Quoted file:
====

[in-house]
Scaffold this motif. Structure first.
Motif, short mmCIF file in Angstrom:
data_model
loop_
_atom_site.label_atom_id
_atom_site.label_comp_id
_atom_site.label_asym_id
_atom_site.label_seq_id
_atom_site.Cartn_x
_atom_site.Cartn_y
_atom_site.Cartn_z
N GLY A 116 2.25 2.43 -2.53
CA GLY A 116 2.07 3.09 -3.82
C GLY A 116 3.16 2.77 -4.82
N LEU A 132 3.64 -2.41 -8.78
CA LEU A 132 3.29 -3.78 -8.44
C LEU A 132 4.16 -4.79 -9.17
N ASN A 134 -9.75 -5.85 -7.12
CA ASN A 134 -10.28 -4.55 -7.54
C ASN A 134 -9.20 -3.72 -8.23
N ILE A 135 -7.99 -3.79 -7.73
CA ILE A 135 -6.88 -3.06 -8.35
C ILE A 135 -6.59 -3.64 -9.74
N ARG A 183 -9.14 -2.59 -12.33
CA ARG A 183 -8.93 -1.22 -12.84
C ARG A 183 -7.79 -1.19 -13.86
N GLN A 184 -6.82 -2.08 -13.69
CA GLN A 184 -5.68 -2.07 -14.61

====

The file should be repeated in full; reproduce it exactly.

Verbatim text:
[in-house]
Scaffold this motif. Structure first.
Motif, short mmCIF file in Angstrom:
data_model
loop_
_atom_site.label_atom_id
_atom_site.label_comp_id
_atom_site.label_asym_id
_atom_site.label_seq_id
_atom_site.Cartn_x
_atom_site.Cartn_y
_atom_site.Cartn_z
N GLY A 116 2.25 2.43 -2.53
CA GLY A 116 2.07 3.09 -3.82
C GLY A 116 3.16 2.77 -4.82
N LEU A 132 3.64 -2.41 -8.78
CA LEU A 132 3.29 -3.78 -8.44
C LEU A 132 4.16 -4.79 -9.17
N ASN A 134 -9.75 -5.85 -7.12
CA ASN A 134 -10.28 -4.55 -7.54
C ASN A 134 -9.20 -3.72 -8.23
N ILE A 135 -7.99 -3.79 -7.73
CA ILE A 135 -6.88 -3.06 -8.35
C ILE A 135 -6.59 -3.64 -9.74
N ARG A 183 -9.14 -2.59 -12.33
CA ARG A 183 -8.93 -1.22 -12.84
C ARG A 183 -7.79 -1.19 -13.86
N GLN A 184 -6.82 -2.08 -13.69
CA GLN A 184 -5.68 -2.07 -14.61